Polyplastics Develops New Testing Method to Identify Gas Formation during Injection Molding
Polyplastics Co., Ltd., a leading global supplier of engineering thermoplastics, has developed a testing method that identifies gas formation during the injection molding process and helps to reduce mold deposits. The company’s Gas Investigation Method in Injection Molding (GIMIM) facilitates continuous molding and improves production efficiency.
During the injection molding process, harsh conditions (high temperature, high speed) and deterioration of plastic additives can release high volumes of decomposition gases. Mold deposits, gas burns, and short shots caused by pyrolysis gas can lead to quality problems, including undesirable effects on the dimensions and appearance of products, resulting in a higher defect rate. Maintaining highly efficient production operations is important as manufacturers work to meet today’s highly challenging applications such as automotive electrification and automation.
Polyplastics’ proprietary method captures and evaluates the gases formed during molding and identifies the mechanism by which pyrolysis gas forms during injection molding. The innovative proprietary method traps gases according to mold-based methods, uses gas chromatography mass spectrometers (GC/MS) to qualitatively and quantitatively analyze their composition, identifies the gases that are formed, and makes fundamental improvements to the sources of their formation.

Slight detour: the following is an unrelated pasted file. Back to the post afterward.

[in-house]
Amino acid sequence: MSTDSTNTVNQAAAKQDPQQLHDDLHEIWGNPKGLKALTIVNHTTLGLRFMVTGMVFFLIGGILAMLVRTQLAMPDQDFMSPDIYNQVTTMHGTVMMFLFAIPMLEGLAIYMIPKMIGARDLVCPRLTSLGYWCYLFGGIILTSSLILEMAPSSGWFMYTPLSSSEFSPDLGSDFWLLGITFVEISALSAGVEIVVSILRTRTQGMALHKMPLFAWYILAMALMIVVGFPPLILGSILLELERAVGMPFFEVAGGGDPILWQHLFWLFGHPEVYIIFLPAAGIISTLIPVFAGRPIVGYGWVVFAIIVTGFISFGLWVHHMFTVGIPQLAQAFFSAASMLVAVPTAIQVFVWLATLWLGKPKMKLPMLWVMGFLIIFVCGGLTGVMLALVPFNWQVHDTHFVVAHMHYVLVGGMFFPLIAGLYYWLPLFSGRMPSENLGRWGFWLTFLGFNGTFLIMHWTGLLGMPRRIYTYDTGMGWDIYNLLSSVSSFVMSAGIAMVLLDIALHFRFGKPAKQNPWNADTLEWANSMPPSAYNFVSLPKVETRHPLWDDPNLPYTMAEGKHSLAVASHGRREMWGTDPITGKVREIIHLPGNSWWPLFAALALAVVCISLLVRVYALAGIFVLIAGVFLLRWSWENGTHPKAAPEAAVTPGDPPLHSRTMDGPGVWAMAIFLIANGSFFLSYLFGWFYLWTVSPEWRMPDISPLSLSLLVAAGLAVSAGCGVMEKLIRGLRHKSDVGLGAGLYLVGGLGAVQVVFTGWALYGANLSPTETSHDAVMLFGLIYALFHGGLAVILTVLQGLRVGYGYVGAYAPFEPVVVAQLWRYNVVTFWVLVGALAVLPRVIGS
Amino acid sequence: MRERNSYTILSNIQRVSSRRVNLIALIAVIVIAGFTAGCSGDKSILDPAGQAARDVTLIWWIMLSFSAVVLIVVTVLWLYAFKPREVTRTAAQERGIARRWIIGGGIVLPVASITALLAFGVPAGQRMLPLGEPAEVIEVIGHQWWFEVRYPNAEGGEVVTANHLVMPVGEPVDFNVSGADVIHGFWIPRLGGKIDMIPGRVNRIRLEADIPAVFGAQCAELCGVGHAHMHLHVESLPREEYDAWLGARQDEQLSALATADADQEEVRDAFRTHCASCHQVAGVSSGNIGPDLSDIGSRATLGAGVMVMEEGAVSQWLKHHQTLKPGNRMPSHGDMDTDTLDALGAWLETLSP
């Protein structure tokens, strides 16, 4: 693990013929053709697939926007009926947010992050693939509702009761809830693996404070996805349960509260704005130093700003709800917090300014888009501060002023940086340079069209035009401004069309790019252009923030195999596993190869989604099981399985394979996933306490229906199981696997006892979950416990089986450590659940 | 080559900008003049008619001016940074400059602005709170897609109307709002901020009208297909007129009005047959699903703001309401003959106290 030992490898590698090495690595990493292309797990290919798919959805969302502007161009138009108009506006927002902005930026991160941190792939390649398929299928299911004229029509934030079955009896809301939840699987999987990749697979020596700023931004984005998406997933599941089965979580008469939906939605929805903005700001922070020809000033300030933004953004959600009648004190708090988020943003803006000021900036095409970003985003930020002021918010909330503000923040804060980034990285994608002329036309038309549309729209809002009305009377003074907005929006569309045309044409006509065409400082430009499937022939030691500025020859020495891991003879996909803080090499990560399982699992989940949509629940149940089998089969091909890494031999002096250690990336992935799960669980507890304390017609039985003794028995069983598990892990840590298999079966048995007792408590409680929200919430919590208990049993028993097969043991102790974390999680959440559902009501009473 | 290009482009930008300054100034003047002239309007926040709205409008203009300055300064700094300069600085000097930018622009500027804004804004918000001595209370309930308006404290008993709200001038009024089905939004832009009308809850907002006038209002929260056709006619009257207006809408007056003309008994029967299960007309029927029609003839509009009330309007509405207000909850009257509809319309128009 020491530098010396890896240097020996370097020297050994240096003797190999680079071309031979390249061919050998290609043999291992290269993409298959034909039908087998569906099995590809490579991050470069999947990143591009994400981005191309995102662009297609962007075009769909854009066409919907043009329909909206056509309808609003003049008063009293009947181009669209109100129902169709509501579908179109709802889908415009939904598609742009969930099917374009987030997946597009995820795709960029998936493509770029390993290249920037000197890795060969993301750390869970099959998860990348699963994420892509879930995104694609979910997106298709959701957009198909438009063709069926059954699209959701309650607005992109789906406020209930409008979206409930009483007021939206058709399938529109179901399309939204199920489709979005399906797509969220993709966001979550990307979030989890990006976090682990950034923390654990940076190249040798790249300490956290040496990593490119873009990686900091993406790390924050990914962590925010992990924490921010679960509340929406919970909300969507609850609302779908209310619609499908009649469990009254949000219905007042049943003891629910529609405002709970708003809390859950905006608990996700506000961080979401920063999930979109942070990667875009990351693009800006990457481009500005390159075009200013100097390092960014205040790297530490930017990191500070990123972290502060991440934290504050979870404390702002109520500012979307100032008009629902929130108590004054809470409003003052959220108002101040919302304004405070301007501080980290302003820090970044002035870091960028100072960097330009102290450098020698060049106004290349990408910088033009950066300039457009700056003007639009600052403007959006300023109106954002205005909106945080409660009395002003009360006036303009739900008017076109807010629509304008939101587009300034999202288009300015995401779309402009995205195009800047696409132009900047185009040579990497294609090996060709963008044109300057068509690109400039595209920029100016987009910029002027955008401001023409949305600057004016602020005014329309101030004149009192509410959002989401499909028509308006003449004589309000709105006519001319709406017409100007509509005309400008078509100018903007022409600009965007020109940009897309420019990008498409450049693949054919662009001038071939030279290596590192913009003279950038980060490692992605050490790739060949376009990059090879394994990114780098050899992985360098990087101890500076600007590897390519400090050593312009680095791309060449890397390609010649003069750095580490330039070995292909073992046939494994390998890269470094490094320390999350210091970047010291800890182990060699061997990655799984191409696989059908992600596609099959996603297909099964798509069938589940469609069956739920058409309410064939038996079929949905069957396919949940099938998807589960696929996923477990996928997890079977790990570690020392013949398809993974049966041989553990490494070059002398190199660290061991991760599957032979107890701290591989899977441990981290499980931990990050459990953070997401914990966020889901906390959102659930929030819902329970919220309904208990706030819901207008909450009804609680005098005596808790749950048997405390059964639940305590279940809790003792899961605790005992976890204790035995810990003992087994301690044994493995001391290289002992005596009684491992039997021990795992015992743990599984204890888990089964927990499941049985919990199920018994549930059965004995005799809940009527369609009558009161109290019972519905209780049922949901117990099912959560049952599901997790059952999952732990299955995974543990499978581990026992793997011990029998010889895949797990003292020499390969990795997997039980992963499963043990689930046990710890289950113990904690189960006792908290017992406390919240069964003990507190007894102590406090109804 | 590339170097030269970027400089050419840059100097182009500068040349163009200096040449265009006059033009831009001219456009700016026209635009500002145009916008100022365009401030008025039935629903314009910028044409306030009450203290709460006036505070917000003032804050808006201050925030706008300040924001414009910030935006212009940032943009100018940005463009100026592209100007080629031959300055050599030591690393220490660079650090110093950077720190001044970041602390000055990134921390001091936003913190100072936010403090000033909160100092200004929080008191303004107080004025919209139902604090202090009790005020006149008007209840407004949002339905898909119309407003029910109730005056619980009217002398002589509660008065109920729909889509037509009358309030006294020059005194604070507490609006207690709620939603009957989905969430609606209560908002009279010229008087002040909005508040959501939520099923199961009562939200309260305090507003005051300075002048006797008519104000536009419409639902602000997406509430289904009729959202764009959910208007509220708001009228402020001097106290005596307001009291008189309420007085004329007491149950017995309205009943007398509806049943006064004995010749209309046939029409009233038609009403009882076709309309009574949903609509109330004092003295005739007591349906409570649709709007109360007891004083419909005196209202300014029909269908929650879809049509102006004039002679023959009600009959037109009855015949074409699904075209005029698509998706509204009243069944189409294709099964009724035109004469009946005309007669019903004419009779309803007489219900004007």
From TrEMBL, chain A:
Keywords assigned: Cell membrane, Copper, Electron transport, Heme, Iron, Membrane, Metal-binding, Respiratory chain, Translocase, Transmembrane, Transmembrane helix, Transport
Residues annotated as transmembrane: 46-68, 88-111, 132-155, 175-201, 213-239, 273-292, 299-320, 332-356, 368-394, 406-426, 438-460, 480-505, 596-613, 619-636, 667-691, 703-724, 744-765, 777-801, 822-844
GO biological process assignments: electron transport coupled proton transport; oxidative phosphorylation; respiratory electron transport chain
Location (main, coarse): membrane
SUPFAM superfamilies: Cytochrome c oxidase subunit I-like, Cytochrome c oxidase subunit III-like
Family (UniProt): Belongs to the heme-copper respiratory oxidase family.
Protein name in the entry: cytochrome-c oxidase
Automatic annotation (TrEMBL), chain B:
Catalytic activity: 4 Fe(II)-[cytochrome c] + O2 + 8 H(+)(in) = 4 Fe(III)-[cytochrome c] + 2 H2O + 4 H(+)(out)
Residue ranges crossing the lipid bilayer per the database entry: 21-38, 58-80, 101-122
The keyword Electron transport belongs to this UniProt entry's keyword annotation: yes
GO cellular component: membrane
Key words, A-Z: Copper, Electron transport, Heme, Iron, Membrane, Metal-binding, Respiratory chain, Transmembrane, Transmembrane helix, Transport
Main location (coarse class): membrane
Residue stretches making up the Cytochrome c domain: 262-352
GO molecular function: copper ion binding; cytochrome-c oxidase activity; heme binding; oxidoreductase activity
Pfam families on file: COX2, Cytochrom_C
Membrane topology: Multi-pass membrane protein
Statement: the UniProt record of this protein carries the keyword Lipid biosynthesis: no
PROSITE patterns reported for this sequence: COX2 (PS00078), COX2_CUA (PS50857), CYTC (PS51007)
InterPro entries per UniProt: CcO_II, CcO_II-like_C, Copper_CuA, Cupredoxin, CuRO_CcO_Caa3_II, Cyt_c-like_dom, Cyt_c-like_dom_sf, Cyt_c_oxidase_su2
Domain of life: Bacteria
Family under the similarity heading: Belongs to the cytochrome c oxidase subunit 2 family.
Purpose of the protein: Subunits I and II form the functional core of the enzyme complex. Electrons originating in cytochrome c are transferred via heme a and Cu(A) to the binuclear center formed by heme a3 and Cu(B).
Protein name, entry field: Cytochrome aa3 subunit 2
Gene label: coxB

This simple system configuration is divided into the three stages of plasticization, metering, and injection, and each unit is fitted with gas traps to seclude the gases that form within each part of the process. GIMIM can reflect the actual circumstances during molding by directly trapping and analyzing the gases formed during molding.
GIMIM makes it possible to measure high-molecular-weight substances that can cause mold deposits. Since this method directly analyzes gases that are formed inside the mold during filling, the company believes it yields results that are closest to real-world conditions. In further research, Polyplastics plans to examine other problems caused by pyrolysis gas such as short shots and gas burn defects, as well as mold deposits.
For more information, visit:
SDGs related to this article
* For more info about SDGs., click here (UNDP website)